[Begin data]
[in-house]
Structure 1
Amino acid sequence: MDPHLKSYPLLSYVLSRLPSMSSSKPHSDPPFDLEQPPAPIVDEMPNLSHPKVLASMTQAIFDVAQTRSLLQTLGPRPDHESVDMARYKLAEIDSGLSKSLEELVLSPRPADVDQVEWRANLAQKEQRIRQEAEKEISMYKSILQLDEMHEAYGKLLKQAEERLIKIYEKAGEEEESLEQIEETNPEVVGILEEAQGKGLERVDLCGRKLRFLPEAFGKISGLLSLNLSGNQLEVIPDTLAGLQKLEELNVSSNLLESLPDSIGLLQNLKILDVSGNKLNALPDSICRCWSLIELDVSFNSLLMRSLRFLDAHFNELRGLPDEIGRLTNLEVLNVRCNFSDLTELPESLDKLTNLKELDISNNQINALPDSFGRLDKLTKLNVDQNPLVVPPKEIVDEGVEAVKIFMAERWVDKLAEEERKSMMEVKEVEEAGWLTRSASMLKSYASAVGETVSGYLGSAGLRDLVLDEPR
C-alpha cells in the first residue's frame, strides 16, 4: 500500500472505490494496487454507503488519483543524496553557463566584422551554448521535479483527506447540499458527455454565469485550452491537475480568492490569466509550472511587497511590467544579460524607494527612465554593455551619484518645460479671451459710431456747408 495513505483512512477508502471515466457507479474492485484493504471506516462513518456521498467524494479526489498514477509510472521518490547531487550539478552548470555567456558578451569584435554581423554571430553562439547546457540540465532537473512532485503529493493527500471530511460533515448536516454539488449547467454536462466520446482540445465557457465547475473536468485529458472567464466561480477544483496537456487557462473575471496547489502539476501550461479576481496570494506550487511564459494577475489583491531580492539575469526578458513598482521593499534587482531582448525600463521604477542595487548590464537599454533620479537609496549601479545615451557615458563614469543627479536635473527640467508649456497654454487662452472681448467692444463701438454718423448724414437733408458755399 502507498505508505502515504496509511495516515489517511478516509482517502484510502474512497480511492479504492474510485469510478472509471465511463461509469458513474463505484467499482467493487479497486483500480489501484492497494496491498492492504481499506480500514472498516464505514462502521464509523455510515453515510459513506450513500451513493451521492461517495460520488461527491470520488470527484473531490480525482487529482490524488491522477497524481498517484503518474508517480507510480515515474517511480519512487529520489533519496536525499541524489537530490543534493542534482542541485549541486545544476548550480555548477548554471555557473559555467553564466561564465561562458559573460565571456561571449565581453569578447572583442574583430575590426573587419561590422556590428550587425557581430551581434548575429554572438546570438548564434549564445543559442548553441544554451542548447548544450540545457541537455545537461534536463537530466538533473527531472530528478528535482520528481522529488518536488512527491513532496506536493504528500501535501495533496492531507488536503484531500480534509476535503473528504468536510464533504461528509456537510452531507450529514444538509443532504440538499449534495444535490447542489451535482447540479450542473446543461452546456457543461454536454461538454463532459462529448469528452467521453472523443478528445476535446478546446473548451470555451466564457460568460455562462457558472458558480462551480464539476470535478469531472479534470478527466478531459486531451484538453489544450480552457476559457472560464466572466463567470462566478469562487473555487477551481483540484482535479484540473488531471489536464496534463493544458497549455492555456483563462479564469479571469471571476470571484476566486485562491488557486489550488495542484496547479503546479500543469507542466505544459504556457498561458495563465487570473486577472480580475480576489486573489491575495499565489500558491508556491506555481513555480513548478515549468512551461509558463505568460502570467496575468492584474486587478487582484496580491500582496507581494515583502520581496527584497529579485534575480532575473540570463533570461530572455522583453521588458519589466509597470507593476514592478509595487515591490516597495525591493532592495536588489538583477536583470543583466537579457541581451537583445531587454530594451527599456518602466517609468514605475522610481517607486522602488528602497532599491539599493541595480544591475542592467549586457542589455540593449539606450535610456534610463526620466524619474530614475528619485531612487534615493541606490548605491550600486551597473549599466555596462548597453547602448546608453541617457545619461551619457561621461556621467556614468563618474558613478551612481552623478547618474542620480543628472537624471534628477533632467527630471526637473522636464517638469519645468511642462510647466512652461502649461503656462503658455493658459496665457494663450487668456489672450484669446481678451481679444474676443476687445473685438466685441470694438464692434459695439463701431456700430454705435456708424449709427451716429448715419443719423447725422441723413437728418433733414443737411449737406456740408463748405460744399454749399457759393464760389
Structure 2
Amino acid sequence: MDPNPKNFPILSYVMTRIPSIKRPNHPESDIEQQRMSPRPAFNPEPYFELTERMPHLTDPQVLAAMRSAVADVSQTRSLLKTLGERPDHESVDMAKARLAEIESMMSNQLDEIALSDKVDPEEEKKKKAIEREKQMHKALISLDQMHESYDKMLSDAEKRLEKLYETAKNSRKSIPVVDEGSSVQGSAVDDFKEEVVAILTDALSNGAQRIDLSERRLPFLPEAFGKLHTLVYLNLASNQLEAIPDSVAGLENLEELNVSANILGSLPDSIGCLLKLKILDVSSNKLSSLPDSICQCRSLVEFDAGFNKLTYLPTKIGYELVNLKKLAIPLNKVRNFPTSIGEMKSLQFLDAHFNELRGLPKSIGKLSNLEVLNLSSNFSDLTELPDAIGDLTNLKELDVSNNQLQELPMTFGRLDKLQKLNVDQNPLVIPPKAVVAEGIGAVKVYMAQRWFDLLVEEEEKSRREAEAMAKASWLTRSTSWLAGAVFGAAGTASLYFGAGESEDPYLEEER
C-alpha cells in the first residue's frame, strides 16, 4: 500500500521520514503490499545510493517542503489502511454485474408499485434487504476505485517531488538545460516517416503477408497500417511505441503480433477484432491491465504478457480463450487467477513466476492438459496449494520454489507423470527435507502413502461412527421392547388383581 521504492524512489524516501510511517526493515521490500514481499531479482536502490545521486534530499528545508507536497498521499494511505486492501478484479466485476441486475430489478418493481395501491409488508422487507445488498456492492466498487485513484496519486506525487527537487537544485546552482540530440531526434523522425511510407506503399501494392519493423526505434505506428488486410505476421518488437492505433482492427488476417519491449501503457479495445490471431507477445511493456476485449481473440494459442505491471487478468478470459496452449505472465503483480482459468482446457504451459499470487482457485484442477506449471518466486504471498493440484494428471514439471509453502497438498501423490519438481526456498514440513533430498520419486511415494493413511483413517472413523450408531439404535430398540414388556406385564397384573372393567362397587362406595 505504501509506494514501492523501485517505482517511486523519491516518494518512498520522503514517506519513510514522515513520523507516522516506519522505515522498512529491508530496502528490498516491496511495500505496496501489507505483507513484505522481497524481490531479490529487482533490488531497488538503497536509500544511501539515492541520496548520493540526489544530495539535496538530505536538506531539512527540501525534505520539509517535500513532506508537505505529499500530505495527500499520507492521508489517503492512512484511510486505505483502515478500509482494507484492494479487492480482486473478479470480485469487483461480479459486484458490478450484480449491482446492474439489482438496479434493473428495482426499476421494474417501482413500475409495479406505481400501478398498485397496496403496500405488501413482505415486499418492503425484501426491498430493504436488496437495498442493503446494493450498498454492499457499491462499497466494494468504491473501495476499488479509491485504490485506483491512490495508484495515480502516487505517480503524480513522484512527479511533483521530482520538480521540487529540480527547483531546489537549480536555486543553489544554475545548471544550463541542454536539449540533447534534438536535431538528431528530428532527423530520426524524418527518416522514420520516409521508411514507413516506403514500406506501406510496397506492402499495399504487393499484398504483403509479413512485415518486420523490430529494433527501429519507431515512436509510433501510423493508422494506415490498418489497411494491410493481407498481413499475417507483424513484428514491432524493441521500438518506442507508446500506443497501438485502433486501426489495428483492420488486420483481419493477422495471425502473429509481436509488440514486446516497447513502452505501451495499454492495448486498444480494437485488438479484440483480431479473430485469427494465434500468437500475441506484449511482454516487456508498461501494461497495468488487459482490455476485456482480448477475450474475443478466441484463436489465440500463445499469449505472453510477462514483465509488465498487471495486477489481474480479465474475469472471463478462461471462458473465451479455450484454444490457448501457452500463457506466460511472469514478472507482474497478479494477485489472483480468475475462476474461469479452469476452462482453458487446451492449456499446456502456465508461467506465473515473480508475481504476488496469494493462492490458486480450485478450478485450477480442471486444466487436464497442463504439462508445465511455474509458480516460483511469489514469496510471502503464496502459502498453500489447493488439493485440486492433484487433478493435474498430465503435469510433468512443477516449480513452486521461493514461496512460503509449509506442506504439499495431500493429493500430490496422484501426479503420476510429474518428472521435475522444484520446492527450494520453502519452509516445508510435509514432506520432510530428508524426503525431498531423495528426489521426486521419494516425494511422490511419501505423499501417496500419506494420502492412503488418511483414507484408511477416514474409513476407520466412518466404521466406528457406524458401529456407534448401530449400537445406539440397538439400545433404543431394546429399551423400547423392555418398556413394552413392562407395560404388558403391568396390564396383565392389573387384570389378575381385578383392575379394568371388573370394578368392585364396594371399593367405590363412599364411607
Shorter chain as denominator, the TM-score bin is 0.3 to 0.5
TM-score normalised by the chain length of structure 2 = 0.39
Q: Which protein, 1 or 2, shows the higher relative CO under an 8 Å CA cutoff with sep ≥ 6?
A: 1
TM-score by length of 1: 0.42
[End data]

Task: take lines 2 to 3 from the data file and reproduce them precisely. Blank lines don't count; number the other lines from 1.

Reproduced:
Structure 1
Amino acid sequence: MDPHLKSYPLLSYVLSRLPSMSSSKPHSDPPFDLEQPPAPIVDEMPNLSHPKVLASMTQAIFDVAQTRSLLQTLGPRPDHESVDMARYKLAEIDSGLSKSLEELVLSPRPADVDQVEWRANLAQKEQRIRQEAEKEISMYKSILQLDEMHEAYGKLLKQAEERLIKIYEKAGEEEESLEQIEETNPEVVGILEEAQGKGLERVDLCGRKLRFLPEAFGKISGLLSLNLSGNQLEVIPDTLAGLQKLEELNVSSNLLESLPDSIGLLQNLKILDVSGNKLNALPDSICRCWSLIELDVSFNSLLMRSLRFLDAHFNELRGLPDEIGRLTNLEVLNVRCNFSDLTELPESLDKLTNLKELDISNNQINALPDSFGRLDKLTKLNVDQNPLVVPPKEIVDEGVEAVKIFMAERWVDKLAEEERKSMMEVKEVEEAGWLTRSASMLKSYASAVGETVSGYLGSAGLRDLVLDEPR